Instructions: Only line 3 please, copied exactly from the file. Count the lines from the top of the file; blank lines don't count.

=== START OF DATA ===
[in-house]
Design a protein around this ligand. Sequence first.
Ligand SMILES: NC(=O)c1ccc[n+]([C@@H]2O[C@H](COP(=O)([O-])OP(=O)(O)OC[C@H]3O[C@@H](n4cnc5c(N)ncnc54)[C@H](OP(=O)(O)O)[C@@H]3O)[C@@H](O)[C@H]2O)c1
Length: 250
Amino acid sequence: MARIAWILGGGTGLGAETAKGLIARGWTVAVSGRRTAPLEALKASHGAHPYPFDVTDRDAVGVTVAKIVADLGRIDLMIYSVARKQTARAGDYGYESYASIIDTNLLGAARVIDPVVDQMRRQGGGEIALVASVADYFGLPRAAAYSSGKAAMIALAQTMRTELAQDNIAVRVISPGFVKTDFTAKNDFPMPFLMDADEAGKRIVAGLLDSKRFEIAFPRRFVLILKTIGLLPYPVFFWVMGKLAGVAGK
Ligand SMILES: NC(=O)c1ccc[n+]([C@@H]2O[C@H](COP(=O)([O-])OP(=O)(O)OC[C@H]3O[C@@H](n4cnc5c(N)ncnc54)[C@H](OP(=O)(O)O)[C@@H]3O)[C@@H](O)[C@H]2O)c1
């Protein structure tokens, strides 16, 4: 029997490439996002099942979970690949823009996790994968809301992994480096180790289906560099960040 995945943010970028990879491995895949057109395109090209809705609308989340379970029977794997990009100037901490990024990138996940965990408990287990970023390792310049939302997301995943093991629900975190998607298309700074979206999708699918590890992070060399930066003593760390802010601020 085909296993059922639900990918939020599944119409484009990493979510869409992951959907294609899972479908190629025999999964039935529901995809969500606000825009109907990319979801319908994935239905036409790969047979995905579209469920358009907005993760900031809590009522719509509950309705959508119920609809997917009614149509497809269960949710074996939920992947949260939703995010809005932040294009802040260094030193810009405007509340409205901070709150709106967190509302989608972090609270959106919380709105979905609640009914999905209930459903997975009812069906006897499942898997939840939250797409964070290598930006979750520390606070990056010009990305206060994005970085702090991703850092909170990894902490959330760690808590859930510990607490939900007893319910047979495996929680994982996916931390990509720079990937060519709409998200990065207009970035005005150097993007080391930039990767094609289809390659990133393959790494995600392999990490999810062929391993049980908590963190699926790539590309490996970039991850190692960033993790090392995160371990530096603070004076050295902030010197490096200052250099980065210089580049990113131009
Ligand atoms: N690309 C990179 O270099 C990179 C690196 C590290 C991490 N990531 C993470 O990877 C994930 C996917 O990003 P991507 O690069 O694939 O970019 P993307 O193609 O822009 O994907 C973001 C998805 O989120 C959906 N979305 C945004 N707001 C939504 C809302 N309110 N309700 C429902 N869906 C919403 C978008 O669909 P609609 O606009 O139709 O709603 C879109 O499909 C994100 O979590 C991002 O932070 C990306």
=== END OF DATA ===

Ligand SMILES: NC(=O)c1ccc[n+]([C@@H]2O[C@H](COP(=O)([O-])OP(=O)(O)OC[C@H]3O[C@@H](n4cnc5c(N)ncnc54)[C@H](OP(=O)(O)O)[C@@H]3O)[C@@H](O)[C@H]2O)c1